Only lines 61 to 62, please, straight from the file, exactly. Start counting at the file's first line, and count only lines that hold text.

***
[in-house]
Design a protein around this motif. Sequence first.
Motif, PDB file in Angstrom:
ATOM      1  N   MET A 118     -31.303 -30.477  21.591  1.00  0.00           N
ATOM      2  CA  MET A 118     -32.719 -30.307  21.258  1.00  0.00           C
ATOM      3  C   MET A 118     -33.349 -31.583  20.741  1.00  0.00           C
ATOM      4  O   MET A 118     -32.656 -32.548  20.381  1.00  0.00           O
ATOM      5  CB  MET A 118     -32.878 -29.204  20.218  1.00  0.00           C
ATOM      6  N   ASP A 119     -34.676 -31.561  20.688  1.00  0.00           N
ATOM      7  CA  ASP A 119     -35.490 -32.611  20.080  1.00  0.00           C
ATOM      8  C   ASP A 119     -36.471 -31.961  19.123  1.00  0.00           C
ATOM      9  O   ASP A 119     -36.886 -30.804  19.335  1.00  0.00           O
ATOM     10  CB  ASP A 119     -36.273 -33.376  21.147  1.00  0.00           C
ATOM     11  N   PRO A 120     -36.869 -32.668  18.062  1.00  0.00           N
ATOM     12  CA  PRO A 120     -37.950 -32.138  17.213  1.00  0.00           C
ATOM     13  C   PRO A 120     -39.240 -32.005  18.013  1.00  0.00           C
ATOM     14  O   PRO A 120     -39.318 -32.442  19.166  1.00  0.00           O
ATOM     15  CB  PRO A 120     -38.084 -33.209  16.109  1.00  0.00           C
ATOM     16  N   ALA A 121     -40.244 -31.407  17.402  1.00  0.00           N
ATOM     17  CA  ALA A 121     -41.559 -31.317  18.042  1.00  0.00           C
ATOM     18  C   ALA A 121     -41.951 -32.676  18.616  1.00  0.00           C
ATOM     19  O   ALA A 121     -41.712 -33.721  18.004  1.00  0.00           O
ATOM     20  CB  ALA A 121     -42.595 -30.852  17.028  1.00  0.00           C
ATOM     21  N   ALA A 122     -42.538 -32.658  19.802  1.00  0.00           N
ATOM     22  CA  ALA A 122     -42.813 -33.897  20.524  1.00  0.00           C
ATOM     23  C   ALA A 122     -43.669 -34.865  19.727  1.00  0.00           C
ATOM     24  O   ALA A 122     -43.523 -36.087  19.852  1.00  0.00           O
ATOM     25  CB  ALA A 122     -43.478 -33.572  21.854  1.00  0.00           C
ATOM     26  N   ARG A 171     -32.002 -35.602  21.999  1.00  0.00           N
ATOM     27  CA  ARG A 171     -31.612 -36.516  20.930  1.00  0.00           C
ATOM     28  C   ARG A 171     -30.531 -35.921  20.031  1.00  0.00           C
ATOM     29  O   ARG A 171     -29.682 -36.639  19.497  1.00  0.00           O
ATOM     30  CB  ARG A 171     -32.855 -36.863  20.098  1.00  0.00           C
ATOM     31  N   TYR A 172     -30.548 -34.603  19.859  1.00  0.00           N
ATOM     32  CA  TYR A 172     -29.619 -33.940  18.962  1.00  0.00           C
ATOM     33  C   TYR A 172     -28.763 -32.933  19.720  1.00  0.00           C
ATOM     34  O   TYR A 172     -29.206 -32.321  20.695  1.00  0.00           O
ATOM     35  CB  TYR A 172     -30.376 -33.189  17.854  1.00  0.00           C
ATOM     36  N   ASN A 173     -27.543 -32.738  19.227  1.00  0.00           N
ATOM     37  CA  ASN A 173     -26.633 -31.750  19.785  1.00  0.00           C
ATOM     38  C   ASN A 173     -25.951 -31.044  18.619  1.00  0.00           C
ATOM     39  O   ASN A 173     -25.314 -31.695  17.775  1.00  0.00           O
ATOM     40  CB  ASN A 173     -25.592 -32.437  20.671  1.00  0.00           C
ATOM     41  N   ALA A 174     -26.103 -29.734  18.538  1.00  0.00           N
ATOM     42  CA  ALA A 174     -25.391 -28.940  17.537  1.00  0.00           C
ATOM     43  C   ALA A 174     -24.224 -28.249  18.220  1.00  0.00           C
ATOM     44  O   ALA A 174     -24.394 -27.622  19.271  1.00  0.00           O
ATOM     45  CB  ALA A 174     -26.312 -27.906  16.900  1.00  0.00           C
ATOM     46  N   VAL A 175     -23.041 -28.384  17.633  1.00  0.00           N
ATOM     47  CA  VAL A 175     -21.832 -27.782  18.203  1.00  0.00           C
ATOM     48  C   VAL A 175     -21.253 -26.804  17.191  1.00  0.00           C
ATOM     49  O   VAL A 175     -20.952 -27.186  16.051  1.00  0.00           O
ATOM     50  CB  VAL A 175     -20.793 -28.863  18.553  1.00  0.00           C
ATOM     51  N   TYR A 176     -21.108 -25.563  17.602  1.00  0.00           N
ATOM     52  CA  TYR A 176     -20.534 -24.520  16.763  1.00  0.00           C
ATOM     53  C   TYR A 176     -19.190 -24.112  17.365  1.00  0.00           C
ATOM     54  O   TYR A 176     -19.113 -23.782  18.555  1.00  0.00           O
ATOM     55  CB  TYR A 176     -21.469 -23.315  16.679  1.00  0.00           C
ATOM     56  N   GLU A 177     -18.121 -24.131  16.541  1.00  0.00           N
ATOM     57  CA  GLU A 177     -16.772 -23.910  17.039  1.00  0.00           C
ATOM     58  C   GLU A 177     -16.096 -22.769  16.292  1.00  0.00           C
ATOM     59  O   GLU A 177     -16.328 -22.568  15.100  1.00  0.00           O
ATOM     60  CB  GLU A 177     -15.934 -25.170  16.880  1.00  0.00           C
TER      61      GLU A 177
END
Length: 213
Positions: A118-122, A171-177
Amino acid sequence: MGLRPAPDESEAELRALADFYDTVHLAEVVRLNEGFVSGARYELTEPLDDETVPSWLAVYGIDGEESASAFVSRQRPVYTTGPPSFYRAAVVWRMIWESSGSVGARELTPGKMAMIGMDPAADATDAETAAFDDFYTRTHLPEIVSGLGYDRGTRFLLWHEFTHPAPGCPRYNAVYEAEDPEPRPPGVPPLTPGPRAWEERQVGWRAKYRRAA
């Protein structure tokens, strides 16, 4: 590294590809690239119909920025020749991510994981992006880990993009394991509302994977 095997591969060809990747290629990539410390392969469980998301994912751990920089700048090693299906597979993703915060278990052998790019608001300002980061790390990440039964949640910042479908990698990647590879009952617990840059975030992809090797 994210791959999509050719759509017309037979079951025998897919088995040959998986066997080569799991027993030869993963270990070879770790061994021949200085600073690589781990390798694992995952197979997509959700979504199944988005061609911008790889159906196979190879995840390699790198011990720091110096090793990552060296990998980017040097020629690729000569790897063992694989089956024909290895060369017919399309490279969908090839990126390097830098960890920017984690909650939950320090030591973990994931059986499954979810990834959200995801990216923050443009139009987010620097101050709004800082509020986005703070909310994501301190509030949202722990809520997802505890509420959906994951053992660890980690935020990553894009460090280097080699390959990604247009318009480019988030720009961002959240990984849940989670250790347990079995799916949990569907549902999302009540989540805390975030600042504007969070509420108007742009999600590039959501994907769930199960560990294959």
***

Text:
ATOM     58  C   GLU A 177     -16.096 -22.769  16.292  1.00  0.00           C
ATOM     59  O   GLU A 177     -16.328 -22.568  15.100  1.00  0.00           O